What is the cost of our dignity, or even our soul?

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I have to begin by telling you about an incident that happened to me a while ago. I was driving back to work from lunch and came upon one of those cameras which take your picture while simultaneously giving a ticket. It has been many years since I had been given a ticket. It seems I was traveling eleven miles over the speed limit. When you receive your ticket in the mail it is attached to a picture of you — barely recognizable, I might add — along with a summons to either pay the ticket or appear in court. There is a form that is attached for you to complete if, in fact, the ticket was given to you in error. (Remember, the picture is barely recognizable.)

They also offer you the opportunity to write a letter along with your payment in the event you felt the ticket was given to you unfairly. Hmmm, a tempting option!

I happened to drive to this same area the following Saturday and reviewed the speed-limit signs in the event they weren’t marked properly. I thought to myself, “I can compose a heartfelt letter saying I was unjustly ticketed. I’m a writer; who better to do that than me?” As it turns out, there were three areas where the speed limit was marked. In my hurry to get back to work, I didn’t see the signs. I came home and wrote the check out for the ticket and mailed it in. No need to send a letter.

My sister, Mary, and I were discussing this incident and we asked the question: how many people try to avoid paying by saying it wasn’t them or it was given to them in error? I was even considering it, but in examining my conscience, something told me it would have been wrong.

Have we found ourselves on more than one occasion ready to cheat or lie just to save a few dollars? As an example, perhaps we are given too much change, or not charged properly for something we purchased or we realized an error was made in your bank account to our favor. I remember when my kids were young, I had purchased a ham for $9.00. When I put away the groceries and looked closer at the receipt, I noticed the clerk accidentally charged me $.90 in error for the ham. I drove to the store the next day and showed the receipt to the store manager. I will admit, I thought about ignoring it. I realized, in further thinking about it, what message was I sending my kids if I didn’t correct it? I also wasn’t sure if the store clerk would be charged for the error. The temptation to forget about it was there. My conscience said no, go back and correct the error.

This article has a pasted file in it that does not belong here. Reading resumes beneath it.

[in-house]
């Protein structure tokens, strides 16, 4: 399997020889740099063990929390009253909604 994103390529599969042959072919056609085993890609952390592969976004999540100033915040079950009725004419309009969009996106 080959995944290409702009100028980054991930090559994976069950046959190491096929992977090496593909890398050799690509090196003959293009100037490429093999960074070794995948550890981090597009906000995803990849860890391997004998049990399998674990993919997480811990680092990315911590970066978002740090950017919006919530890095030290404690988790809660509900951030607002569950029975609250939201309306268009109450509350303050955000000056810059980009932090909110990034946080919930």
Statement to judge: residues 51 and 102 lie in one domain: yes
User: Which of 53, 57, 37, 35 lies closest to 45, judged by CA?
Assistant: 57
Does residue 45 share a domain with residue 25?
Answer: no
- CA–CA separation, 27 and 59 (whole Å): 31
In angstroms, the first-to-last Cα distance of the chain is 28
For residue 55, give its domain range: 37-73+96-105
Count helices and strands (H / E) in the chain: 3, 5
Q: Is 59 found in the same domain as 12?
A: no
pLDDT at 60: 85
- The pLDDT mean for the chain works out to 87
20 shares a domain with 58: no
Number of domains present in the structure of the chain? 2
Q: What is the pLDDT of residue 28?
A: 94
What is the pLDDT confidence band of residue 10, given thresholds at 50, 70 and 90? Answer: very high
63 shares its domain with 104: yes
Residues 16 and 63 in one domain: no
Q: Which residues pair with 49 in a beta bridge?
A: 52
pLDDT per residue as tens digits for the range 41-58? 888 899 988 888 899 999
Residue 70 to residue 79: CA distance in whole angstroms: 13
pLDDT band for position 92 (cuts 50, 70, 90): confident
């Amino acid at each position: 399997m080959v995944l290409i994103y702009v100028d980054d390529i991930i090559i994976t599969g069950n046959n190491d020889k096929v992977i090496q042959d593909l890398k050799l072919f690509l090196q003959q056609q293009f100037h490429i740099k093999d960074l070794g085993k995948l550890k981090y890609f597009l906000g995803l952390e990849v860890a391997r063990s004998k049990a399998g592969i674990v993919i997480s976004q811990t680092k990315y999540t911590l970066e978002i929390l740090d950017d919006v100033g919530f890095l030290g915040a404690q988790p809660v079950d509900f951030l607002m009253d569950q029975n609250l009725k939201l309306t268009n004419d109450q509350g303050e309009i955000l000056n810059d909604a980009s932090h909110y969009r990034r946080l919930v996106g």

Call it Catholic guilt, or in my case I can imagine my mother shaking her head and asking the question, “Are you willing to save a few dollars for the cost of your soul?” We are given moments every day where our conscience comes into play and we make the wrong choice. We usually refer to these moments as just little “slip-ups.” The “slip-ups” add up and at the end of the day, we have piled up a few reasons to commit sin.

I know it’s challenging to keep things going and do the right thing all the time; especially when we see other people who appear to have it all, and they don’t look as if they have any struggles. I think we try to categorize our “slip-ups” as justification for always having to struggle for everything; saying to ourselves “I’m sure God will understand, He knows most of the time I do the right thing!”

Life presents challenges to everyone even if it doesn’t seem like it. In reality we are presented moments daily where if we think about it, God is there to help us. Maybe we avoided an accident by going a different direction or we received a good report from the doctor. We lost something and later found it. It happens all the time. This is God orchestrating good things in our lives. Another example for me happened on New Year’s Eve. Before leaving for work I took my garbage to the dumpster and accidentally dropped my keys in the dumpster along with the garbage. I live in an apartment and fortunately the maintenance man was around and was able to help me get the keys. I had to contact my office at work to tell them I was going to be late. Normally I would be on the freeway at 7:45. I wasn’t able to get there until some time after 8:30.

God in His infinite wisdom had interfered, I believe. You see, apparently a tree had fallen on the freeway and they closed it down. They said this occurred at 7:45. No one was hurt, fortunately. Hundreds were late to work and likely frustrated. I think it was no accident that I dropped my keys, which was a mishap, but I also avoided a tree falling near me or on my car.

God is there always, during the good times and bad. It’s easy to justify making poor choices on the basis of “woe is me,” but in reality, God knows it all. He wants us to make the right choice. He will be there for us even if we don’t realize it through the good and bad.

Let’s try and remember God doesn’t charge for our soul; His reward is freedom with Him and the saints and angels! In the long run, I guess it’s worth it just to go ahead and pay the ticket.


Copyright 2018 Catherine Mendenhall-Baugh

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About Author

Catherine Mendenhall-Baugh (Cathy) completed her education in Special Education and English and now works as an Agent in the Insurance Industry. A mother and Grandmother, Cathy grew up in a large Catholic family and has spent the last 30 years as a caregiver for her husband, Jack. She is a cancer survivor which inspired her to begin writing six years ago.

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